Types of Stepper Motors - Unlike normal AC or DC motors, stepper motors have many wires attached to them. These wires are used to run (or more accurately, step) the motor. Stepper motors come in two basic types. These are permanent magnet and variable reluctance. You can generally tell the two apart by turning the shaft of the motor. If it has noticeable step or cogs the motor is likely to be of the permanent magnet type. Of these two types of motors, I have only played with the permanent magnet motors.
Permanent Magnet Stepper Motors - Permanent magnet stepper motors usually have two coils in them. These coils can be with or without center taps. If the coils have center taps then they are an unipolar motor and if they are two separate coils without center taps they are bipolar stepper motors. The bipolar motors typically have four wires. Unipolar motors usually have either five or six wires. The number is determined based on the center taps. Some center taps are tied together therefore giving five leads others, the center taps are separate and give you six leads. I have only used unipolar motors at this time.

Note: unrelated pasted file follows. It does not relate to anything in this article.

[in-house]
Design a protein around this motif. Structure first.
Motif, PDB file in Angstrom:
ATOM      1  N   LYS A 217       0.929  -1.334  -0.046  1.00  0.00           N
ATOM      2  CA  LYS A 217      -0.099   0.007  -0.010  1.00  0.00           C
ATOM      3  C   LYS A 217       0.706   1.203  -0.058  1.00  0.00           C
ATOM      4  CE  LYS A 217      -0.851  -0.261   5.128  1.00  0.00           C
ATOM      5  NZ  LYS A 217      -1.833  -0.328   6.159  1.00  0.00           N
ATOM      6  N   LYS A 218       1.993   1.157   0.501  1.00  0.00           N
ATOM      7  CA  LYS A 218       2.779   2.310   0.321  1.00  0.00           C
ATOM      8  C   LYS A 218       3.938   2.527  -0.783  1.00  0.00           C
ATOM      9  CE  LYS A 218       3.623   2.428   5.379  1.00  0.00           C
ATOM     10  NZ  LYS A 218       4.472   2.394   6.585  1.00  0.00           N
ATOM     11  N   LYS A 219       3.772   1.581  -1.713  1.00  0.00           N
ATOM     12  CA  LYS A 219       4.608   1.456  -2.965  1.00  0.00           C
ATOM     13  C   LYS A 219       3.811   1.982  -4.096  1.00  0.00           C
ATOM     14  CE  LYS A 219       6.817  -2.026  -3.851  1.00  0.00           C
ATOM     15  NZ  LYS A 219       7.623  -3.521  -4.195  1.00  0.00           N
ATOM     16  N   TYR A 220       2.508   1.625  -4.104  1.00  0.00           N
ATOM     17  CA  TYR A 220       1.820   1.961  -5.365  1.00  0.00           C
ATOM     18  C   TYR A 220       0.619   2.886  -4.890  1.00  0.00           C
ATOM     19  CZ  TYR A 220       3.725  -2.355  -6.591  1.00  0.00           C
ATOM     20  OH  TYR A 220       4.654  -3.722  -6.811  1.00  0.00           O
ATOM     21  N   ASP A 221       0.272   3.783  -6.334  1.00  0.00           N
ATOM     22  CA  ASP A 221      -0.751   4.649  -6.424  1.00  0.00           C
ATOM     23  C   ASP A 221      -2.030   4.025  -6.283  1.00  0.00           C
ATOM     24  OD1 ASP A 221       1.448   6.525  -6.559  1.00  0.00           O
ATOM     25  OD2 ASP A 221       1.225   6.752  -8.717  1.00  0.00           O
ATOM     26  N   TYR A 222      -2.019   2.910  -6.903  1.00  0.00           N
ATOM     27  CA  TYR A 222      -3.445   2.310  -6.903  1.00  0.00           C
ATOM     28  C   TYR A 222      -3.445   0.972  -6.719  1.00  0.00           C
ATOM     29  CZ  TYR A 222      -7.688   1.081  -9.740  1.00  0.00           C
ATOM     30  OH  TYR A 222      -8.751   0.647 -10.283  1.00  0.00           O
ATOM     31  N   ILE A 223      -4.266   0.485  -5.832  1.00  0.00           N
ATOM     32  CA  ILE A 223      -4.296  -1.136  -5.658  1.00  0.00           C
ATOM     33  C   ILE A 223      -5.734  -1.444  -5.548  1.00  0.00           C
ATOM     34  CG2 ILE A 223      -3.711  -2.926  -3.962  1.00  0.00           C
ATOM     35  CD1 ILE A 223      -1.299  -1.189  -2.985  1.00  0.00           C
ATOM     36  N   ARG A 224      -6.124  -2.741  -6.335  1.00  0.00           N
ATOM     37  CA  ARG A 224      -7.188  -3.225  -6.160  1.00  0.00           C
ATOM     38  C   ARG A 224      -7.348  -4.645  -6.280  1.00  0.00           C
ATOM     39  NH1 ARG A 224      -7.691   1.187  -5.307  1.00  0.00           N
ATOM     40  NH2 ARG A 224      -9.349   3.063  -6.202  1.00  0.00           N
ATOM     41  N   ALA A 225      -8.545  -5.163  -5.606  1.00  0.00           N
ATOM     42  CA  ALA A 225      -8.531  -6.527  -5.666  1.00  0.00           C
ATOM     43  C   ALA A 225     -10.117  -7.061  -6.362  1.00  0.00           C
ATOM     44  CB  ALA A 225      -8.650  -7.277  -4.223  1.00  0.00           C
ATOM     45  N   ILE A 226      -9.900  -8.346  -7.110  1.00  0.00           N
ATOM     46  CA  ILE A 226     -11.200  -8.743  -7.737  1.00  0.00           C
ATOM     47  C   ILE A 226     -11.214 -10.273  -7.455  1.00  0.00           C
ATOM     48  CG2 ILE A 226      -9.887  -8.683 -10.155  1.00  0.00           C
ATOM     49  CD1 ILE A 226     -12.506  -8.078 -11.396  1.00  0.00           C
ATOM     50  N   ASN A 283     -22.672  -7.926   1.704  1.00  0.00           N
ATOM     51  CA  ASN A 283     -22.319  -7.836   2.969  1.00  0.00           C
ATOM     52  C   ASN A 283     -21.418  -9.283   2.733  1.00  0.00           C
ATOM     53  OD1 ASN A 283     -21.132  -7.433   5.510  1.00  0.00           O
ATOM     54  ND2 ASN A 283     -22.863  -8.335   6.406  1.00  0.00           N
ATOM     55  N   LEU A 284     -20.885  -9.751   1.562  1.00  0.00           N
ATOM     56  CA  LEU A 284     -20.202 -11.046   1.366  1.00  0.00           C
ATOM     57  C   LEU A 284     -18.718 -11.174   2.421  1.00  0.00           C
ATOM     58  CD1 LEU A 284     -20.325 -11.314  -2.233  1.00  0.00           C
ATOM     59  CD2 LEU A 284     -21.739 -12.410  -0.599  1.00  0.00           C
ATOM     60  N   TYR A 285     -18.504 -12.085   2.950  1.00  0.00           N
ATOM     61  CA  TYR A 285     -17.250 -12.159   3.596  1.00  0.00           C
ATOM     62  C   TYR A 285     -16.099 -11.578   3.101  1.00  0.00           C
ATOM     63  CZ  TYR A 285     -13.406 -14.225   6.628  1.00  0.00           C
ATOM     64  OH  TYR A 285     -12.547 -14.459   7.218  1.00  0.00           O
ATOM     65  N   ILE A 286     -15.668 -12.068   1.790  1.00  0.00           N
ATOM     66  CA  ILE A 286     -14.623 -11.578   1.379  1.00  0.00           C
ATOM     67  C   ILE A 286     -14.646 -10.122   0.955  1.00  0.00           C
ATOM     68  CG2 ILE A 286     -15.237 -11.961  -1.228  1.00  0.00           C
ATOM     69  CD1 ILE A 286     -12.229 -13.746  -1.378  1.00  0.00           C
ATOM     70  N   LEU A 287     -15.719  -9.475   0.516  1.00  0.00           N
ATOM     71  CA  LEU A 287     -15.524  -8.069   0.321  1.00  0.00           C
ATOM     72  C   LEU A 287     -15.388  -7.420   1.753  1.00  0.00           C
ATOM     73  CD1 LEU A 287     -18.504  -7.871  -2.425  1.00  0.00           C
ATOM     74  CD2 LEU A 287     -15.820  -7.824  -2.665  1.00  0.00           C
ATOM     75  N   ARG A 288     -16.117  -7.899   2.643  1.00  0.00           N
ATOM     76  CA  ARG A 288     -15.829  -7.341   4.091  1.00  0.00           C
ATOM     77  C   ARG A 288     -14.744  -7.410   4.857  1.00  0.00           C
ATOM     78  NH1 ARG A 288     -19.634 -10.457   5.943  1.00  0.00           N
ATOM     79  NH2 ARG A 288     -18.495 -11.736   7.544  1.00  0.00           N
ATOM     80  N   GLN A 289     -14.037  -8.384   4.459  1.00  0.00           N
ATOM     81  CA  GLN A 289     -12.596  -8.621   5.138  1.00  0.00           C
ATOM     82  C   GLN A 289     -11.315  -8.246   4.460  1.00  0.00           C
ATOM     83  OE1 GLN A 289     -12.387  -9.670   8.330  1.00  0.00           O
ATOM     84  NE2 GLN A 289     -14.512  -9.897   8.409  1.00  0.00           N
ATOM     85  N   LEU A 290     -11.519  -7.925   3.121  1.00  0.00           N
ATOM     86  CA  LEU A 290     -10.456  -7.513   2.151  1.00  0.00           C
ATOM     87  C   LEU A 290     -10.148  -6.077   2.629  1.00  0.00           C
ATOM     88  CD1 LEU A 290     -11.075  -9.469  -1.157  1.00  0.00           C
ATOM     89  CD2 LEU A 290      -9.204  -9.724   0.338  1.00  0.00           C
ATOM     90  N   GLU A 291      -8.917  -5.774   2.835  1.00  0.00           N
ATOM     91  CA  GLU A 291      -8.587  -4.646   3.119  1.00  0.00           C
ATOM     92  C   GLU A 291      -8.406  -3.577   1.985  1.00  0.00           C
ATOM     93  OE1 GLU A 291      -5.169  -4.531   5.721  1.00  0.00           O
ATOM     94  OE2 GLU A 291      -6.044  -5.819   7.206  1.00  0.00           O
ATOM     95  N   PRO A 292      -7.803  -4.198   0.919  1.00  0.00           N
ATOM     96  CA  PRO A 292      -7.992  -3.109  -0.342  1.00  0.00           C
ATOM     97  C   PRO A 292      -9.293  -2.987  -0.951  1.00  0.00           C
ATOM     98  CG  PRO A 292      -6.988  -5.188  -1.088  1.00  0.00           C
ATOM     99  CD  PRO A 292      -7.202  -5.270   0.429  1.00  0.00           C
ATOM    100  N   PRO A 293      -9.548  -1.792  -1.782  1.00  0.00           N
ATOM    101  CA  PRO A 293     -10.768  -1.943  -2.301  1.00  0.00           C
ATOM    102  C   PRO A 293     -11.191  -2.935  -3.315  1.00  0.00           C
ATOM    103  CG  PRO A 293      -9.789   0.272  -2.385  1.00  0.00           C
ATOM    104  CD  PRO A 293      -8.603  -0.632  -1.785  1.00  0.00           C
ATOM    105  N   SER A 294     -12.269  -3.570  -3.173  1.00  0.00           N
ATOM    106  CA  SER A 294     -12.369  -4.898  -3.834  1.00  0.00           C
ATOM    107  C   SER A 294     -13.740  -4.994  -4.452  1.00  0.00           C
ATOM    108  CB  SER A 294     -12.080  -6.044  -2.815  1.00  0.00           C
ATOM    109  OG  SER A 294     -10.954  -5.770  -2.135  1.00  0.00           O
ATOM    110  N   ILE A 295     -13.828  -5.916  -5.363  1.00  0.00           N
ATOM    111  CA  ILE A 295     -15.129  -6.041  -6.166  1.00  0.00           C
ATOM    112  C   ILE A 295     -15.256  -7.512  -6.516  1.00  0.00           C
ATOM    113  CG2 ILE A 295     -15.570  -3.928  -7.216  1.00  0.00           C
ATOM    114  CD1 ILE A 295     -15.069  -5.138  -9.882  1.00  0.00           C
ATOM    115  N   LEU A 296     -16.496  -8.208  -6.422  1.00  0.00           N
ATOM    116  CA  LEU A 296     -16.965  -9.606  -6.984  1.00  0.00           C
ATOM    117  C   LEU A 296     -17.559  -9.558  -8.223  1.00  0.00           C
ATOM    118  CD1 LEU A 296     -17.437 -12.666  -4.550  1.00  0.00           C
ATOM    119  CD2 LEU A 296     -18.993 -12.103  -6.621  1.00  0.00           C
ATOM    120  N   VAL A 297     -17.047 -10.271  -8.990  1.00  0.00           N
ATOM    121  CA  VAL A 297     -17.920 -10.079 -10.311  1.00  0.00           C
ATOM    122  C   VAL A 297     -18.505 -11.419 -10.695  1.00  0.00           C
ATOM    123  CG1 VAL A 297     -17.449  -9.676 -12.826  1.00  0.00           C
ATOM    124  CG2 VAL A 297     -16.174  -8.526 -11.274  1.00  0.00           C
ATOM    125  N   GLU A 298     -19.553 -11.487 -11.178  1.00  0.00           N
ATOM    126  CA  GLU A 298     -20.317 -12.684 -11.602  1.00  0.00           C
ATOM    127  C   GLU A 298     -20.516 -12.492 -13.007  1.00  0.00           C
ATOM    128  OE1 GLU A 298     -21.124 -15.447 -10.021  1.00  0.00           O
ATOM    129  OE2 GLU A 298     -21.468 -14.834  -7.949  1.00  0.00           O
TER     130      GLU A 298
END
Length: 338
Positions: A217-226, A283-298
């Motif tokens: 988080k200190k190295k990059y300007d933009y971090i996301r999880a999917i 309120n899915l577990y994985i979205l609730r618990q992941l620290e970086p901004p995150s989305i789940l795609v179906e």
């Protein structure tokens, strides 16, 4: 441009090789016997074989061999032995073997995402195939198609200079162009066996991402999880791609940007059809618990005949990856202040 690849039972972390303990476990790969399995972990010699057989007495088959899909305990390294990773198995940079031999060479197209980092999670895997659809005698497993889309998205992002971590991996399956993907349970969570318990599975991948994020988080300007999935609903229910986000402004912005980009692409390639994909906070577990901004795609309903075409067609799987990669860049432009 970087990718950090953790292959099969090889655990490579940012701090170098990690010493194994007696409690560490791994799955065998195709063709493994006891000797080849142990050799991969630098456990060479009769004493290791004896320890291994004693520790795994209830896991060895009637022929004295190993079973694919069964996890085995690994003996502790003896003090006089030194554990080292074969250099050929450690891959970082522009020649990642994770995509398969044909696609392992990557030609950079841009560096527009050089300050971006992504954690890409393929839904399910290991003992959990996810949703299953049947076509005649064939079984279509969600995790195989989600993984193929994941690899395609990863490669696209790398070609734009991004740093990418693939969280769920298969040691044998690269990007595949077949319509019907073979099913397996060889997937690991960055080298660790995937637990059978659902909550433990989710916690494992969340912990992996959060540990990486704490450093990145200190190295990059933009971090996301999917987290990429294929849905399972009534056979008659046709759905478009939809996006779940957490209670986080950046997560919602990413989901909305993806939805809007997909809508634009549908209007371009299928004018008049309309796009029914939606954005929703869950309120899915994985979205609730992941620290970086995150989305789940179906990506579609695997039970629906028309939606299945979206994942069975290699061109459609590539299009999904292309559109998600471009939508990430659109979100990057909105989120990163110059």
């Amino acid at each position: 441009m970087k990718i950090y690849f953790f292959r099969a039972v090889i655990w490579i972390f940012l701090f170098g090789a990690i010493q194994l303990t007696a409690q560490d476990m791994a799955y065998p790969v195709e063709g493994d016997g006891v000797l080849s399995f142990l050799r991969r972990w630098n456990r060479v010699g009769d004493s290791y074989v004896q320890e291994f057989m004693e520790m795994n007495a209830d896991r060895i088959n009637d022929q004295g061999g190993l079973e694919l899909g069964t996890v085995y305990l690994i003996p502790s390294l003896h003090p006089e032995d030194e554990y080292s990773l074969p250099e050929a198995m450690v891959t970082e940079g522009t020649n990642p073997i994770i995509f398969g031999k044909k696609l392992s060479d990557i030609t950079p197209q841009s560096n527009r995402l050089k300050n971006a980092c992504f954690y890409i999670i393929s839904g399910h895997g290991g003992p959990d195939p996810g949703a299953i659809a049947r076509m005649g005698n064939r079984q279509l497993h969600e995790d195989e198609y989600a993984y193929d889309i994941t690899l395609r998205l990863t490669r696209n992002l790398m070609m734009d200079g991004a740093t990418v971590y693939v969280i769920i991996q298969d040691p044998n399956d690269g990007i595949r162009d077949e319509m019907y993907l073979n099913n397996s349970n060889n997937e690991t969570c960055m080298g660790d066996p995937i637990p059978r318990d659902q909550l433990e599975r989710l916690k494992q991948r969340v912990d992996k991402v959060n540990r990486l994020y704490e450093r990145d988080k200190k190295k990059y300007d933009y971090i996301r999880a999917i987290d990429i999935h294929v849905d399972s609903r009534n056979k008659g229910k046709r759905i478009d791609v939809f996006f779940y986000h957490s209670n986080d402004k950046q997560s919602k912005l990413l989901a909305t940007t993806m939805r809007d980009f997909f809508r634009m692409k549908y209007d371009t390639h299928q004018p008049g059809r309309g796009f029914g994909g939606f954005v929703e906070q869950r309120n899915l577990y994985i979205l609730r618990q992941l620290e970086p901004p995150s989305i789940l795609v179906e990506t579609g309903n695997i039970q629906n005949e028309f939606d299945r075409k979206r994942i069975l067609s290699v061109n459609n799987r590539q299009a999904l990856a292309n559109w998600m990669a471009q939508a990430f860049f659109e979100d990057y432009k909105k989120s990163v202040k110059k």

How to step the motor. Unlike a regular motor, a stepper motor will not run by simply applying power to the leads and throwing a switch. Stepper motors run by sequentially energizing the coils that make up the motor. There are two basic methods to do this. Either half stepping or whole stepping. A great example of this can be found in the resource section by going to Jone's Stepper Motor page. I see no need to reinvent the wheel here unless the good info drops off the net.